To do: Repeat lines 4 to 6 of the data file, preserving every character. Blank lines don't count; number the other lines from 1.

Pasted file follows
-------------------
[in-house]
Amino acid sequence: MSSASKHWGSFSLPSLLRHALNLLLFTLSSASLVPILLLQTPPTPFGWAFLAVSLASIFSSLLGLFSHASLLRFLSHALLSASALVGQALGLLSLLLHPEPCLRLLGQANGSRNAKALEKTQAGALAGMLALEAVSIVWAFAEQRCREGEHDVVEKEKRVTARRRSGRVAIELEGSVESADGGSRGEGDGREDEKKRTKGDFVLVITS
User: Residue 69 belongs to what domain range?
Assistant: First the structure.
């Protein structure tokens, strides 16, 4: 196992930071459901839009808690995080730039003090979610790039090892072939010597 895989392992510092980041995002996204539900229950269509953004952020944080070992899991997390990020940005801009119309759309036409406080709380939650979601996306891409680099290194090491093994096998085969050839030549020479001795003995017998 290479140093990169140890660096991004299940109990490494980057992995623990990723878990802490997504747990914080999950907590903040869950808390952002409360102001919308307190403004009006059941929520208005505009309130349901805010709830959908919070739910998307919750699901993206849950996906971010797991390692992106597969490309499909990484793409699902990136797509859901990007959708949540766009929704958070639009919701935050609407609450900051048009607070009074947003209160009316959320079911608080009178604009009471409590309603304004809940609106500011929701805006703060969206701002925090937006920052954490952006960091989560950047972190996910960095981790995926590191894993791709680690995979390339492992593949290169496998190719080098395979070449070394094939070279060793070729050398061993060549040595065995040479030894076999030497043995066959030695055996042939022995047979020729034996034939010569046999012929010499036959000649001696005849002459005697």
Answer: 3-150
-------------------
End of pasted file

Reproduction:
Assistant: First the structure.
């Protein structure tokens, strides 16, 4: 196992930071459901839009808690995080730039003090979610790039090892072939010597 895989392992510092980041995002996204539900229950269509953004952020944080070992899991997390990020940005801009119309759309036409406080709380939650979601996306891409680099290194090491093994096998085969050839030549020479001795003995017998 290479140093990169140890660096991004299940109990490494980057992995623990990723878990802490997504747990914080999950907590903040869950808390952002409360102001919308307190403004009006059941929520208005505009309130349901805010709830959908919070739910998307919750699901993206849950996906971010797991390692992106597969490309499909990484793409699902990136797509859901990007959708949540766009929704958070639009919701935050609407609450900051048009607070009074947003209160009316959320079911608080009178604009009471409590309603304004809940609106500011929701805006703060969206701002925090937006920052954490952006960091989560950047972190996910960095981790995926590191894993791709680690995979390339492992593949290169496998190719080098395979070449070394094939070279060793070729050398061993060549040595065995040479030894076999030497043995066959030695055996042939022995047979020729034996034939010569046999012929010499036959000649001696005849002459005697």
Answer: 3-150